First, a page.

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May 22, 2006

Rumbly Scottish Mutant Sex Party

Juggernaut_1 In the ramp up to its May 26th premiere, HBO has been running little featurettes of X-Men: The Last Stand. In addition to an interview with Aussie hottie Hugh Jackman, HBO offers up a first look at a completely random scene from the movie.

Here, Ian McKellen's Magneto frees mutants in transport (to concentration camps or some such). We're introduced to two new characters to the movie series, Juggernaut and Guy Who Makes Lots of Copies Of Himself. He could be a one man orgy. Who doesn't want that power?

[Watch video – 3:33, WMV format, high bandwidth]

[Watch video – 3:33, WMV format, low bandwidth]

May 03, 2006

Blonde Bond-shell

The new trailer for the upcoming Bond movie, Casino Royal, has just been released. Does anyone really care? Of course not. Far more important is whether or not the new 007, Daniel Craig, is worth an ogle on the DVD release. This still from the trailer might hold some promise.


h/t Ace

March 06, 2006

Oscar Clippings: Brokeback

Brokeoscar_1 Very slim pickings in this category, as the gay film of the year drowned in snubsville. When the vistas of Alberta, Canada lost out to Memoirs of a Geisha in cinematography, it was a foregone conclusion the rompin, stompin cowboys weren't going to be on the business end of Hollywood love. They were on the business end of another sort of "affection."

Still, there were moments, from the red carpet, to the western montage, to the three wins that salvaged the night ever so barely.

So, here I present to you the most relevant Brokeback Mountain related highlights of the evening.

[Watch video – 9:47, WMV format, high bandwidth]

[Watch video – 9:47, WMV format, low bandwidth]

March 01, 2006

So It Begins

Brokebackmtv With a scant few days to go until Oscar, the speculation and "What are the many implications of life and/or playing gay in Hollywood films?" pieces are coming fast and furious on every news bit, entertainment clip, and syndicated show that ever spent several weeks discussing Lindsay Lohan's penchant for Santa Monica demolition derbies.

MTV - known primarily for celebrating diversity by cramming every tenth homosexual on the planet into a Road Rules challenge - recently highlighted the LGBT entries you may or may not be rooting for come Sunday night.

[Watch video – 3:13, WMV format, high bandwidth]

[Watch video – 3:13, WMV format, low bandwidth]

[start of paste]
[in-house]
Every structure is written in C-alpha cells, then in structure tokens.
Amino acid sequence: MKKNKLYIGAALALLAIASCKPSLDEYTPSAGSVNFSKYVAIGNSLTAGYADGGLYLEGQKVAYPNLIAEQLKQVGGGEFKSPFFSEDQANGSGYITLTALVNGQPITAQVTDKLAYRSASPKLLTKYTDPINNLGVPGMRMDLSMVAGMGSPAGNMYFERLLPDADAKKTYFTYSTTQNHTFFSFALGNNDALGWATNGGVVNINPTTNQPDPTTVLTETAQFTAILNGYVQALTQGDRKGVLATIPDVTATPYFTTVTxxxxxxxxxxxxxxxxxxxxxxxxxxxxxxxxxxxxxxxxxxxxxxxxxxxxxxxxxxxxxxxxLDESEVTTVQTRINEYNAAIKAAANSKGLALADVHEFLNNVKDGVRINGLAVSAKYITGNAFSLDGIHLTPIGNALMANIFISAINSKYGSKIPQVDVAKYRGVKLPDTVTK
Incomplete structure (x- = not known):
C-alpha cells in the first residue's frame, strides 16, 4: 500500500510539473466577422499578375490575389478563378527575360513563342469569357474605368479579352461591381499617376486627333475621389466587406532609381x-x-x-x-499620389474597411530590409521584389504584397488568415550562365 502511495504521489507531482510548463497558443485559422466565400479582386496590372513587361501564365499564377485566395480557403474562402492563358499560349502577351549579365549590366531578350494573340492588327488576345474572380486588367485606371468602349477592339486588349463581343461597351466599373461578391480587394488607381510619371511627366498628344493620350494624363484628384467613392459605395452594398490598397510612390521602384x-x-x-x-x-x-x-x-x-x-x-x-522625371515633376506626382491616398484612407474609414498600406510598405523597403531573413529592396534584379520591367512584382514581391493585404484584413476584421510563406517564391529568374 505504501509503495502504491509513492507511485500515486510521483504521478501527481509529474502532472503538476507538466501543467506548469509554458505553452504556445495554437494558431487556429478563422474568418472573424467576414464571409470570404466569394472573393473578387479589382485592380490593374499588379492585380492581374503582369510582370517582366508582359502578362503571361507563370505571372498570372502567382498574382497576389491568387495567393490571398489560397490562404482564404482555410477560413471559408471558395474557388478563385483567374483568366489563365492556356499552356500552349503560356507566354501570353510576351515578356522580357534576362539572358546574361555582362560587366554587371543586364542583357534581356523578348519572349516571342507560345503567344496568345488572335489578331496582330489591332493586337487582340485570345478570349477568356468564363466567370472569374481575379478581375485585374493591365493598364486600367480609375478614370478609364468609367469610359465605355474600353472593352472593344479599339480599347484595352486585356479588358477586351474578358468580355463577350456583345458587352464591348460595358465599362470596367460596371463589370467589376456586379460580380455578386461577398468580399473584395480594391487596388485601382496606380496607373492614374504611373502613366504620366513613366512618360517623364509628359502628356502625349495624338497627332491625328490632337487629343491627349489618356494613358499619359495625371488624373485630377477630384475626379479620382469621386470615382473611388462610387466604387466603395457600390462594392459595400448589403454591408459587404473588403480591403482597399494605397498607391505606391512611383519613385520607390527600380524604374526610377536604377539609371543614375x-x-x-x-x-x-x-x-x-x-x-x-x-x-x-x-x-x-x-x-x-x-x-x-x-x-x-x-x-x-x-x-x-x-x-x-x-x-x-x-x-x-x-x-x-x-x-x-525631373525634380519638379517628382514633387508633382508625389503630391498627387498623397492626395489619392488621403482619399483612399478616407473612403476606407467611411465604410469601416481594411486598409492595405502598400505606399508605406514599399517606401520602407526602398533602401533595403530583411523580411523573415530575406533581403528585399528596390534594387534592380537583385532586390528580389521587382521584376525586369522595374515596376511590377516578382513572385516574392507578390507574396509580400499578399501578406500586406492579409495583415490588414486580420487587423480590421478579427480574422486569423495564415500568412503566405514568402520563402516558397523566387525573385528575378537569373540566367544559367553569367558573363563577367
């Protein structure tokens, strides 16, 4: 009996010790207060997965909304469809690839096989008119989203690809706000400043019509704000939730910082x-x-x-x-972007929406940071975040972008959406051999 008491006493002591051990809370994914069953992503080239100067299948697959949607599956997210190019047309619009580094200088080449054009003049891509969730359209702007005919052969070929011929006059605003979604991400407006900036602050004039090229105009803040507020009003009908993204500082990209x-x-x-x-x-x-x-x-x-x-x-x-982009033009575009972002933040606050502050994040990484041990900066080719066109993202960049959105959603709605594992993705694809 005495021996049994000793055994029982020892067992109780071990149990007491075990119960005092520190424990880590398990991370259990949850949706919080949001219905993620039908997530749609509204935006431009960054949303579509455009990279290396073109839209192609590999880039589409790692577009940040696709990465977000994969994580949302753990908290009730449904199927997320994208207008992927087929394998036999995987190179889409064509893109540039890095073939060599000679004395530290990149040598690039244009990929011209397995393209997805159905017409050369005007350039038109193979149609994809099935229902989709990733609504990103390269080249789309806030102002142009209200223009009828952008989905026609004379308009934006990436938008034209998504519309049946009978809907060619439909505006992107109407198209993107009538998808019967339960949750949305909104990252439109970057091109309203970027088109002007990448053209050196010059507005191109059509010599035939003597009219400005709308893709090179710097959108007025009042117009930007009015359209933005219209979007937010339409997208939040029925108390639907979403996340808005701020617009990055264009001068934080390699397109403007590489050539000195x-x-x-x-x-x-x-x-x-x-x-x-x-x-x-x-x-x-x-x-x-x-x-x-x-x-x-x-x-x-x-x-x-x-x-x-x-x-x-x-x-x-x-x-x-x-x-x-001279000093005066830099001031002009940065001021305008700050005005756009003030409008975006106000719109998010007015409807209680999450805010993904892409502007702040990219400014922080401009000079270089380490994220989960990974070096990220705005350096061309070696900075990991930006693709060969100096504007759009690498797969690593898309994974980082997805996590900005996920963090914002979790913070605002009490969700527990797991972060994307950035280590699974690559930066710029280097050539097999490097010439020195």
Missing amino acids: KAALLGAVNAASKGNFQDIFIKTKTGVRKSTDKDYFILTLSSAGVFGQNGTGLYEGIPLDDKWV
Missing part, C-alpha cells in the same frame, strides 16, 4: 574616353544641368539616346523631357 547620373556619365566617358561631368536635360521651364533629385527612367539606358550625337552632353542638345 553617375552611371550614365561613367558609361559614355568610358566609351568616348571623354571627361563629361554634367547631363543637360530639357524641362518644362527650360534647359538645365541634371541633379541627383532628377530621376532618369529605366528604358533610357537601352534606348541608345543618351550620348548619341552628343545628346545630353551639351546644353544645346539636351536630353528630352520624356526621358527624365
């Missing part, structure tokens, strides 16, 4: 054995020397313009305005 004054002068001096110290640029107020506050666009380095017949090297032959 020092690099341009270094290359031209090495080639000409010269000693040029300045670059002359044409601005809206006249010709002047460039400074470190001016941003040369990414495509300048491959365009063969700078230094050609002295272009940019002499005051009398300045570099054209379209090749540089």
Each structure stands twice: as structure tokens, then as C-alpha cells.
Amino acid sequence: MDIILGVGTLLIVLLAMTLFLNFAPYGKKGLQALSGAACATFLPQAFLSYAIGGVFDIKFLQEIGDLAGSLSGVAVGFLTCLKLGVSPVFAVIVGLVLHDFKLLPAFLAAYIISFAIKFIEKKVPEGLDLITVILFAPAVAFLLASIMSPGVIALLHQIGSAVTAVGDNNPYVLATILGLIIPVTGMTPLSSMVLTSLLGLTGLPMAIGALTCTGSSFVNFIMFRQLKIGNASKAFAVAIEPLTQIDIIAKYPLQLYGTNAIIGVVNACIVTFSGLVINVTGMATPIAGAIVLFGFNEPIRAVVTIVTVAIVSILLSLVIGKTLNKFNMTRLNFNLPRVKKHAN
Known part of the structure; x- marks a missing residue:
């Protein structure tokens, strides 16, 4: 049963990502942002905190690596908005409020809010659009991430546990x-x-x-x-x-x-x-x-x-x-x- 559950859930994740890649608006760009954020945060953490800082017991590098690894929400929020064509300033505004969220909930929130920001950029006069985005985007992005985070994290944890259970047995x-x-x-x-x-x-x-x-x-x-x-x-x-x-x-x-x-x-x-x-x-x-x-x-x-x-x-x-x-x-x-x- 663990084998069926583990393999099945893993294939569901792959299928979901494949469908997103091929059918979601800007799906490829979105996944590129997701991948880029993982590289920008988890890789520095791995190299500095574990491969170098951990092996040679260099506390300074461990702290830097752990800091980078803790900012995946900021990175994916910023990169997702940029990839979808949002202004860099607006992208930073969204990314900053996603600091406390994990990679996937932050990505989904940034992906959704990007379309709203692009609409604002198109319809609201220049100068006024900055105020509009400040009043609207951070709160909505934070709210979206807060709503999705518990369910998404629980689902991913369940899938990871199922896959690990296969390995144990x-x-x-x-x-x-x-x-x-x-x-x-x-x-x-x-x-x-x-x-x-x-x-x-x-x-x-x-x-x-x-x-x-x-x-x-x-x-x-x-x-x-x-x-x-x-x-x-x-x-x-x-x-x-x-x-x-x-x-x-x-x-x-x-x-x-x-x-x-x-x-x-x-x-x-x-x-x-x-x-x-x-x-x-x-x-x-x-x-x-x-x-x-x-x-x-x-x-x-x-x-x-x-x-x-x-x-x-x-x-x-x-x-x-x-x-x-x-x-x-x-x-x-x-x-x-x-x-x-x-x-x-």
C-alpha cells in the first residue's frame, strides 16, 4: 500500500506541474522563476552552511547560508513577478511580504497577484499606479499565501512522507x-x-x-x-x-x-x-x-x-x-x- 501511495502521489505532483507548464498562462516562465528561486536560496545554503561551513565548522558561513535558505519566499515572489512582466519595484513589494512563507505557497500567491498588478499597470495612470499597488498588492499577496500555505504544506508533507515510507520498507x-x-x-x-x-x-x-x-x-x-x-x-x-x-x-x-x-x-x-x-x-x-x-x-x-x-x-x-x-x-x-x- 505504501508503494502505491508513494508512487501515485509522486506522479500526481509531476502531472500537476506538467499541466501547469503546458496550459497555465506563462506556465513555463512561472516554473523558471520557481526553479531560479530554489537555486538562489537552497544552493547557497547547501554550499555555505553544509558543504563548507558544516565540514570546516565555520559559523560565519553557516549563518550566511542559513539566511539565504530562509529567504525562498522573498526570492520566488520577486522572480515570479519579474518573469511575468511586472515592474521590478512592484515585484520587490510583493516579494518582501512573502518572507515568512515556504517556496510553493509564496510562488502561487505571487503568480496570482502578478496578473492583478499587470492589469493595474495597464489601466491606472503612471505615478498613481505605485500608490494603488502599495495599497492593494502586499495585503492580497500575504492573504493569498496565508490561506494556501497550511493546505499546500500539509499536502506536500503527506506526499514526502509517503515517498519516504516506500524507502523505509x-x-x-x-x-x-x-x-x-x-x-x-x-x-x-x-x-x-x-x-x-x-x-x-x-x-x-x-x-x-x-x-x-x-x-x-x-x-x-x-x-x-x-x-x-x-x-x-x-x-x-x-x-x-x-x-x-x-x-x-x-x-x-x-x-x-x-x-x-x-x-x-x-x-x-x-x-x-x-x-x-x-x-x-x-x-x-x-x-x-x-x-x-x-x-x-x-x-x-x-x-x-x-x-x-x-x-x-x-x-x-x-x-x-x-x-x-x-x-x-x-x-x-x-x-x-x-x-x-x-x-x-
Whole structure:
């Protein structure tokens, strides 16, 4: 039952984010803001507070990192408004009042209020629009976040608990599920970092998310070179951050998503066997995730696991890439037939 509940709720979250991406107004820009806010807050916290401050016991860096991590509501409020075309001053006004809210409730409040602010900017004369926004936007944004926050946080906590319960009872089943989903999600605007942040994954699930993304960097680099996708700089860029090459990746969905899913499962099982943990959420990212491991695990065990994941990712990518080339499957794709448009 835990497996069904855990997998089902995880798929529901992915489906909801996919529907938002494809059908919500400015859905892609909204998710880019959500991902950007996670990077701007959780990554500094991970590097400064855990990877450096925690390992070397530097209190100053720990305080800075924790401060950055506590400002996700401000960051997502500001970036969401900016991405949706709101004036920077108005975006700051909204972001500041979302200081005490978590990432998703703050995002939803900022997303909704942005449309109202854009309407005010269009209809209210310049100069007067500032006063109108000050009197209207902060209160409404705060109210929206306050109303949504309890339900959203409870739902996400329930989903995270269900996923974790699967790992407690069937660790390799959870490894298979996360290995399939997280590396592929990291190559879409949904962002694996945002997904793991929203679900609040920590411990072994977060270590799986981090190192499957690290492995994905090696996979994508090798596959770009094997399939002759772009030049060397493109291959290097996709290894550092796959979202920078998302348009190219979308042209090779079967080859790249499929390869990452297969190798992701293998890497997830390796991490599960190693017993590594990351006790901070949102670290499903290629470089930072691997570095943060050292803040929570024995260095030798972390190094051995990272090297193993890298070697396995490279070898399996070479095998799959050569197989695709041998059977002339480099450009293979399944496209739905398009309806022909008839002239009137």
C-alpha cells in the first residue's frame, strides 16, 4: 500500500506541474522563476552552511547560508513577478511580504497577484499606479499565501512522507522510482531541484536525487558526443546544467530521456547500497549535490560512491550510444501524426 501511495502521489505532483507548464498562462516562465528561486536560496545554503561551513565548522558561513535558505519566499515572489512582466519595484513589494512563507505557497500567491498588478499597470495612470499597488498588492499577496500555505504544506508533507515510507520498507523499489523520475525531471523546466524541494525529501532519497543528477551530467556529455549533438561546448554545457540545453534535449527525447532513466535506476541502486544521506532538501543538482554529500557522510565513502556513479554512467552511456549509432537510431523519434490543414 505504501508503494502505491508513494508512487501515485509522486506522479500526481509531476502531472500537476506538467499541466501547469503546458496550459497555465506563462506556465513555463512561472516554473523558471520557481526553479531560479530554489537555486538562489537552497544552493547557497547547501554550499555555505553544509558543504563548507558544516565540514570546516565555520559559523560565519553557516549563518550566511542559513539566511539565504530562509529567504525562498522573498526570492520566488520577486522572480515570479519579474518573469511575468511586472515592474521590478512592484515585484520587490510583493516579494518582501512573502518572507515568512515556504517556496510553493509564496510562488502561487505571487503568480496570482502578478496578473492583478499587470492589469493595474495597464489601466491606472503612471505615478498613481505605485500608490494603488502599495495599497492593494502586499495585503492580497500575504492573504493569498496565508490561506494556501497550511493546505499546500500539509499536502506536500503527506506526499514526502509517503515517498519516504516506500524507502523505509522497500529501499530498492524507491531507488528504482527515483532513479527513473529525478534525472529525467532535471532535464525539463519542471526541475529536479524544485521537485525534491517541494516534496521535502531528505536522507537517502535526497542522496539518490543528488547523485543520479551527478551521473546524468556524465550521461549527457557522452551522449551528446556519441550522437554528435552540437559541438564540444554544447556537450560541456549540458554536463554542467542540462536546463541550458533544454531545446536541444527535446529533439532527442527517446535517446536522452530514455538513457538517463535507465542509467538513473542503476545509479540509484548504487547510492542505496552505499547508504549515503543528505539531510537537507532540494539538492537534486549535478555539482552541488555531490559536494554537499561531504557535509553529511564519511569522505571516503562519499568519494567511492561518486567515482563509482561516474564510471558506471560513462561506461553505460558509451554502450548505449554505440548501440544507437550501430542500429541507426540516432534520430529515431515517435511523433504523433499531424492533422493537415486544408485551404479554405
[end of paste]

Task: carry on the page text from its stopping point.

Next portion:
February 14, 2006

3 AM Cinema

Urbania One of the great advantages to having an adverse reaction to pain medication prescribed for an injury is being able to catch late night cable when independent movies are showcased more frequently. Tonight, I managed to see an airing of the 2000 Sundance hit Urbania starring Dan Futterman.

Quite honestly, Urbania is unlike any gay film I've ever seen. It opens as the main character, Charlie, finds himself walking the shadowed, autumn streets of New York, wandering from bar to bar, searching for an elusive street hustler. He leaves phone messages for an apparent ex boyfriend while flashing back on their once happy life together. He visits a fellow gay friend (Alan Cumming), a man whose once glittering social life lay in ashes, his frail form wracked by the last, grim stages of AIDS. What has happened here? Where is Charlie's boyfriend, his friends, his life?

I can't give any kind of real answer without spoiling the film. Suffice to say, Urbania is a strange mixture of a character darkly nagivating through his grief at a relationship lost, intimacy unattainable in the aftermath, and a thrilling, almost erotic fascination with the paradoxically homophobic hustler who set all these events into motion.

The movie's worth a see for the acting, the dialogue, the atmosphere, and not least of all the actors (cutie Futterman, an angelic Matt Keeslar, and a very sleazy Samuel Ball). It's a surprisingly moving film, especially in the final act as Charlie comes to terms with everything he must.

December 15, 2005

Redefining Homophobia

In a society where homosexuals have historically held little to no real influence, where marginalization, bigotry, and discrimination still permeate many levels of the social order, there is a temptation to grasp any vestige of power, to use what gifts we possess to assert ourselves, to feel empowered.

On Bravo's recent Great Things About Being Queer, number fourteen on the list named the ability to scare straight people as one of the great joys of our sexuality and position in society. There is a secret pleasure in knowing you can unleash the forces of your homosexuality on heterosexuals, perhaps make them feel as uncomfortable as they might have made you feel over the years, perform a little instant karmic vengeance in a petty but satisfying way.

Along this train of thought, some gay men are reveling in watching heterosexual males squirm at the prospect of two gay cowboys leaving the horses to the stables and riding each other instead. When Mickey Kaus stated he did not want to see this film because he is heterosexual, he noted:

If a gay man, say, goes to see "Wuthering Heights," there is at least one romantic lead of the sex he's interested in! In "Brokeback Mountain," neither of the two romantic leads is of a sex I'm interested in ... My wild hypothesis is that more people will go see a movie if it features an actor or actress they find attractive! If heterosexual men in heartland America don't flock to see "Brokeback Mountain" it's not because they're bigoted. It's because they're heterosexual.